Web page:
Native Americans began their 3,600-mile walk across America at Alcatraz Island Feb. 11, and soon they’ll conclude in Washington, D.C. I’ve accompanied them on the Northern Route, co-hosting a Web radio program as they crossed the freezing Sierra Nevada Range, plodded through a hailstorm in western Utah and walked over the cold Rocky Mountains of Colorado.
The Longest Walk 2 commemorates the Longest Walk of 1978, which began with 17 participants in San Francisco and ended five months later with a gathering of tens of thousands in Washington, D.C. It helped block a congressional effort to annihilate treaties that protect Indian sovereignty, and also helped spur passage of the 1978 American Indian Religious Freedom Act.
Thirty years later, walkers cite a variety of reasons for taking to the roads and talking to people in towns across America. Many say the walk is a group prayer for the protection of sacred Mother Earth and tribal sovereignty. Michael Lane, who came from New Zealand with his family for the 2008 walk, was also on the 1978 walk. “The purpose of the walks is to carry the message of the inherent sovereignty of Indian people,” he said.
Along the way, the walkers have offered prayers for healing. The number of walkers ranges from 40 to 60, with more joining in some towns. At the site of the Sand Creek Massacre in eastern Colorado, where Cheyenne and Arapaho families were shot and butchered, the walkers gathered for dawn prayers. During one of the morning prayers, Marty Chase Alone, a Lakota, offered a ceremony to release the lingering spirits and wipe away the tears. “You can go home now,” he said.
As we walked, I felt this was still the West I loved, but it was not the West I expected to find. The region seemed under huge pressure to develop its natural resources.
In Holcomb, Kan., a power-plant expansion was dividing the people. In this town where a family was murdered and later portrayed in Truman Capote’s book, “In Cold Blood,” a storeowner said some people support the plant because a slaughterhouse had burned down nearby, resulting in the loss of 3,000 jobs. When asked about air pollution and the risk of disease to residents, he said what many who listen to the corporate public relations officials have said, “It will be the cleanest power plant ever.”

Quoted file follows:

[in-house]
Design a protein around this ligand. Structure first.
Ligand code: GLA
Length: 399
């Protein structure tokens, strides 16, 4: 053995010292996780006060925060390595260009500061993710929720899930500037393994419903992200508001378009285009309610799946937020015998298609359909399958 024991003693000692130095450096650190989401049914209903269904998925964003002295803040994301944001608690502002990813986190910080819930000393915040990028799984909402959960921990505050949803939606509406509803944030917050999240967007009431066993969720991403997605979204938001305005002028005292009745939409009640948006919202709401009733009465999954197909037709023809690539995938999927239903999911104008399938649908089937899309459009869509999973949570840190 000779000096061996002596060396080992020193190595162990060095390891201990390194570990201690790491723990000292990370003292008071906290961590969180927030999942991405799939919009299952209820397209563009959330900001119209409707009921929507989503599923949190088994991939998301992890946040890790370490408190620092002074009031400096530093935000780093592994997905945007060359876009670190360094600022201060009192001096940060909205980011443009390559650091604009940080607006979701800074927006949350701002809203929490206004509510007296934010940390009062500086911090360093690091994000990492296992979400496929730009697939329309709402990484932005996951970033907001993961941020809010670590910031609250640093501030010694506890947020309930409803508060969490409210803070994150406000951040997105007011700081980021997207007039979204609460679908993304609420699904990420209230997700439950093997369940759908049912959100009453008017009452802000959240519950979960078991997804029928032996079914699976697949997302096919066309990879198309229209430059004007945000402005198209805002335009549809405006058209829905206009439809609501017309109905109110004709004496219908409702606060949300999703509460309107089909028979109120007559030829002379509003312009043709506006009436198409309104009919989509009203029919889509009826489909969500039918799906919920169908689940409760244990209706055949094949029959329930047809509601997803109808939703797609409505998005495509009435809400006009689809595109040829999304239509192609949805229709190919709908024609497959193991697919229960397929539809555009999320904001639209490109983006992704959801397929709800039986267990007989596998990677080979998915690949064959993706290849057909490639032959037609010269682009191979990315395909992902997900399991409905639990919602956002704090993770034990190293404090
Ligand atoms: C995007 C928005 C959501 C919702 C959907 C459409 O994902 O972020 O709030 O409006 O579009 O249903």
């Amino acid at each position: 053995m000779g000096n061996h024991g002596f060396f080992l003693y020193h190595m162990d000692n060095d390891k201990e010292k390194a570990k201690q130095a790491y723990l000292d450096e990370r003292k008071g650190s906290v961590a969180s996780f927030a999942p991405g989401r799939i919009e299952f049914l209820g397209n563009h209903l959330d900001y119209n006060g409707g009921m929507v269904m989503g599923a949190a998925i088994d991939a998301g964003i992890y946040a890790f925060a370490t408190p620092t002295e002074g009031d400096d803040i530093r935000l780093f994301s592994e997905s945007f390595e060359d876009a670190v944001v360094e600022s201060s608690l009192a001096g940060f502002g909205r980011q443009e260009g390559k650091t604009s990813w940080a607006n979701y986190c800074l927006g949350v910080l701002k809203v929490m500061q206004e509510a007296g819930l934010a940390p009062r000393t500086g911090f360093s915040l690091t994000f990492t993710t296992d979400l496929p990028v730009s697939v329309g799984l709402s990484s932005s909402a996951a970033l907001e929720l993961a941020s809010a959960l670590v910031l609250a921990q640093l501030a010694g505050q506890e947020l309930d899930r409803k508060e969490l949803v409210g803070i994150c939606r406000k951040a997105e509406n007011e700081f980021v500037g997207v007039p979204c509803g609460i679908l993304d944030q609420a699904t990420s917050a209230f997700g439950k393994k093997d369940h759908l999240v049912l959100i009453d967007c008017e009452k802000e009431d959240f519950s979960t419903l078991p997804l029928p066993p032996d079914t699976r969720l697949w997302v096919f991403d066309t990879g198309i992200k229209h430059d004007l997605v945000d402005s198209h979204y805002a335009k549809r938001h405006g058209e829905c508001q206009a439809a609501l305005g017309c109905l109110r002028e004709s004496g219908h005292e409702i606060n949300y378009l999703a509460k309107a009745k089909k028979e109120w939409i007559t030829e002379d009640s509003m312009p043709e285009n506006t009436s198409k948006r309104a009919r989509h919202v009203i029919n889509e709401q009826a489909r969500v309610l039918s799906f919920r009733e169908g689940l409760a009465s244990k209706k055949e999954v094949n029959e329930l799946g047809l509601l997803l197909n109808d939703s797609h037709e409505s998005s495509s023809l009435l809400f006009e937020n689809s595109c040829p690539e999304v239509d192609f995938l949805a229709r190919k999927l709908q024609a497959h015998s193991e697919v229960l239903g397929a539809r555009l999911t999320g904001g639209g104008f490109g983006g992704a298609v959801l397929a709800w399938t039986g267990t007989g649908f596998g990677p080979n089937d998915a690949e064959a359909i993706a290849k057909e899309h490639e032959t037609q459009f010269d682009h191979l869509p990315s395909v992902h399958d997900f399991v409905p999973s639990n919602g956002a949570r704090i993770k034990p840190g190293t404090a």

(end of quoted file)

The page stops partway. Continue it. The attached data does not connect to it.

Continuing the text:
When the walkers camped in Syracuse, Kan., it rained for three days and made a lot of locals happy. The recorded rainfall here had been zero, and we were told it must have been the presence of the walkers that broke the drought. All along the way, people offered feathers and sacred items for the sacred staffs carried by the walkers.
I was onboard the media bus across the West, an audio studio for daily streaming and archiving (www.earthcycles.net). The Earthcycles bus, owned by Govinda Dalton, is powered by solar and wind energy and heated with a wood stove.
Overall, the Long Walkers have found an abundance of grace and generosity from the communities we passed through, from the ceremonies and meals of the Miwok in Shingle Springs, Calif., to the efforts to save the sacred places by the Paiute, Shoshone and Washo in Nevada. The Longest Walk was showered with hospitality by Navajos and townspeople in southern Utah, the staff at the Salt Lake Walk In Center, community members in Denver, staff at the Ute Indian Museum in Montrose, Colo., and all across Kansas. At the School of Natural Order in Baker, Nev., there was regeneration, and in the heart of Utah, in the towns of Scipio, Richfield and Green River, we felt the solace of generous spirits. The Kickapoo in Kansas offered a place for a five-day rest.
It was in Greensburg, Kan., that another dimension of the West opened up to the group -- the force of a tornado to rip apart a town. Debris was still piled high nearly one year after the tornado struck on May 4, 2007. Still, there was hope and abundant love in this town as the people were rebuilding “green,” focusing on solar and wind power.
As the walk across America nears its end, it does so as a movable prayer. As Jimbo Simmons, a Choctaw, put it, “The act of walking brings back into focus the traditional knowledge that’s been locked away for generations.”
Brenda Norrell is a contributor to Writers on the Range, a service of High Country News (hcn.org). She is a reporter and radio producer and her article on carbon credits was just selected by Project Censored as one of the 25 “most censored” of 2007-8.
Note: the opinions expressed in this column are those of the writer and do not necessarily reflect those of High Country News, its board or staff. If you'd like to share an opinion piece of your own, please write Betsy Marston at firstname.lastname@example.org.